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Market Studies

Rural, Urban or Suburban: Who Wants to Buy More?

Despite talk of the rural-urban divide, new data shows that Americans seem to share the same sentiments about homeownership regardless of their location. In a recent survey, residents in rural, suburban, and urban areas all shared largely similar thoughts on homeownership and its role in the American Dream. The only place the three groups diverged was in the intended length of stay; only 35 percent of urban buyers plan to stay seven years or more.

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Purchase Loans Outpace Refis

Purchase loans are up and refis are down according to a recent report. Refis are down significantly over the past six months, while purchase loans are on the rise. Time to close is also narrowing for the month on both purchase and refi loans, averaging just 41 to 42 days per loan.

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Disparate Tech Holds Lenders Back

Today’s mortgage servicers are suffering from overly disparate technology solutions, and those disconnected systems are holding businesses back, according to a new report. In response to increased compliance follow the housing crisis, most available mortgage technology has become product-specific, and that’s created a disconnect that requires fractured, inefficient processes that are costly and unwieldy. The report proposes an overlay system to bridge the gaps and provide more consistency.

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West Sees Biggest Jumps in Home Prices

New data shows that the West—specifically the Northwest—had the top-performing market for Q1 2017. Seattle and Portland had two of the strongest showings in terms of price growth, while the region as a whole saw prices rise 8 percent over the year. The worst market for the quarter was Memphis, Tennessee.

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The Buying Gap

Female renters have a harder time buying a home than their male counterparts. According to recent analysis, this is due to several factors, including lower wages, more student loan debt, more risk aversion, and lower credit scores. Closing the wage gap could help, though that isn't projected to happen until 2052.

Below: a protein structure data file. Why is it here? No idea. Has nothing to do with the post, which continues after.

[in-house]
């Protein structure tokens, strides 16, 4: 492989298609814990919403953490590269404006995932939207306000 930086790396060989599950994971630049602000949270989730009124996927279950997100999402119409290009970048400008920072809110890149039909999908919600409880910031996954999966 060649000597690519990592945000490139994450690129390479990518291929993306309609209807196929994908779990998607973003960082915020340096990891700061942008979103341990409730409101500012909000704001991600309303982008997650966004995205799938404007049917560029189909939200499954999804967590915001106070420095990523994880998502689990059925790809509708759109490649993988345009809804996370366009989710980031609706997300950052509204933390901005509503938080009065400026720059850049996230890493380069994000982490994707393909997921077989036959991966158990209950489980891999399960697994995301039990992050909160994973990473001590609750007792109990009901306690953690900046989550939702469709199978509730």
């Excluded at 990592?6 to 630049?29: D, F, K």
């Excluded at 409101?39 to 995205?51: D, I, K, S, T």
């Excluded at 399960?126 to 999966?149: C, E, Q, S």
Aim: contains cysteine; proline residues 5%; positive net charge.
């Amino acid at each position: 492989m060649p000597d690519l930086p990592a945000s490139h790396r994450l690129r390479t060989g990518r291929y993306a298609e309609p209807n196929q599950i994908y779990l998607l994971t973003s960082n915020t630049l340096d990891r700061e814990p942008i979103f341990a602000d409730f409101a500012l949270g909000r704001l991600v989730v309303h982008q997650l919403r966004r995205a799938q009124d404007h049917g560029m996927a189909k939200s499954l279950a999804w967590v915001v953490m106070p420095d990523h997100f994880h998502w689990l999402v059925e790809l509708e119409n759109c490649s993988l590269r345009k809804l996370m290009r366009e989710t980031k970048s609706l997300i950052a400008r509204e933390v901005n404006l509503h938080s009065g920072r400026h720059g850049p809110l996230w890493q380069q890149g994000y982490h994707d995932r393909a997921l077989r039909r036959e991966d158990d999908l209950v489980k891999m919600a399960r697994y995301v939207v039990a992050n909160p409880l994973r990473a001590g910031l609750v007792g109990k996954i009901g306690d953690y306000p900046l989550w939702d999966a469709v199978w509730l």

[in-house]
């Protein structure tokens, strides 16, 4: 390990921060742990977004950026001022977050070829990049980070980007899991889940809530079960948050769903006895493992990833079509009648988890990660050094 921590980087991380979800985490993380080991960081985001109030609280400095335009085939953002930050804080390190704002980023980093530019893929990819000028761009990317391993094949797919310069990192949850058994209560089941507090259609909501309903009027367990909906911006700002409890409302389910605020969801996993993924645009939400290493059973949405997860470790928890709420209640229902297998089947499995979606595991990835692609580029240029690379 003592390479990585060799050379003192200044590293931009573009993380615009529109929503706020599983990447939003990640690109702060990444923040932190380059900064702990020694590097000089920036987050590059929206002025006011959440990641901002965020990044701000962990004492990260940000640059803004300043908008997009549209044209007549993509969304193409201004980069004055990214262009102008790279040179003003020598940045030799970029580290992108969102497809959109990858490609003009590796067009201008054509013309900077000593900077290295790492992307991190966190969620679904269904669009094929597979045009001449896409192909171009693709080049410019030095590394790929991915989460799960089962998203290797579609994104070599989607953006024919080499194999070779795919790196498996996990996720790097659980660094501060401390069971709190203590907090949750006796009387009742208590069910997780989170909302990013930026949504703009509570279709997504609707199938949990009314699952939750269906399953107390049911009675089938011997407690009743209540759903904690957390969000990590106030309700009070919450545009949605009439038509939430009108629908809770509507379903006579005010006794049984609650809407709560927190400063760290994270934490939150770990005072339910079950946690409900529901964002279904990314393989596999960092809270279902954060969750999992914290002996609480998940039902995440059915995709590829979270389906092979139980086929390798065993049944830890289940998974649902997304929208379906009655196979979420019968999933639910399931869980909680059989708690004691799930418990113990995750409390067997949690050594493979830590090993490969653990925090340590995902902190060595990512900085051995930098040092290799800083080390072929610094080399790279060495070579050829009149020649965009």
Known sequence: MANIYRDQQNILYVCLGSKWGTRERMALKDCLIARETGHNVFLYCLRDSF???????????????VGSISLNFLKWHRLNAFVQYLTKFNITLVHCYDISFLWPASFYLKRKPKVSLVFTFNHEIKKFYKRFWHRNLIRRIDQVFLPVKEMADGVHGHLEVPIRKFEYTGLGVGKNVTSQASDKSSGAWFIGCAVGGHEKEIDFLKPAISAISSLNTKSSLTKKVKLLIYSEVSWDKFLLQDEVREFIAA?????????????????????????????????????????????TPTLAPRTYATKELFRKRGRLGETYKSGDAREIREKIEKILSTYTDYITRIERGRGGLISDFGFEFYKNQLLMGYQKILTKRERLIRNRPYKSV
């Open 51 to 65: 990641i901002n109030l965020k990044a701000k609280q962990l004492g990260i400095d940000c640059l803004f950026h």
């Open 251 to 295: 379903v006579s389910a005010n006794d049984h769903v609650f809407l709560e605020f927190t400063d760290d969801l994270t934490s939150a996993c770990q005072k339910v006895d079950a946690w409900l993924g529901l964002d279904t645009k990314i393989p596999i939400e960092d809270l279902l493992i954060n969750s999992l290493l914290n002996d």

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Orlando Best for First-time Buyers

Orlando is the single best spot for first-time homebuyers, according to a new analysis. Tampa took the No. 2, followed by other cities in the Southeast and Midwest. The analysis took into account median home value, forecasted values, inventory, and other factors.

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Luxury Homes Prices Up; D.C. Sales Spike

Luxury home prices are up more than 4 percent over the year, with Washington, D.C., seeing the biggest spike in price. According to one economist, potential tax cuts for the wealthy may be the cause. Other cities to see high year-over-year luxury home price growth were St. Petersburg, Florida; Portland, Oregon; Paradise, Nevada; West Palm Beach, Florida; and San Francisco.

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Housing Prices Up 6 Percent Over 2016

Home prices are up yet again, both over the month and over the year. The latest House Price Index shows a more than 6 percent uptick over 2016's prices and nearly a full percent jump since January of this year. The most annual growth was seen in the Mountain region.

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Analysis: Section 502 & Recession Relief

A new analysis shows the USDA’s single-family loan programs offered a strong alternative to conventional loans during the housing crisis. At one point, 502 Guaranteed loans even exceeded 100 percent LTV. Guaranteed loans jumped by 483 percent from 2006 to 2010, while Direct ones rose 88 percent.

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STRATMOR Gives LendingQB High Marks

According to STRATMOR Group’s Technology Insights survey, LendingQB, a provider of a web-based loan origination system (LOS) based in Costa Mesa, California, has received high marks for vendor satisfaction and customer support.

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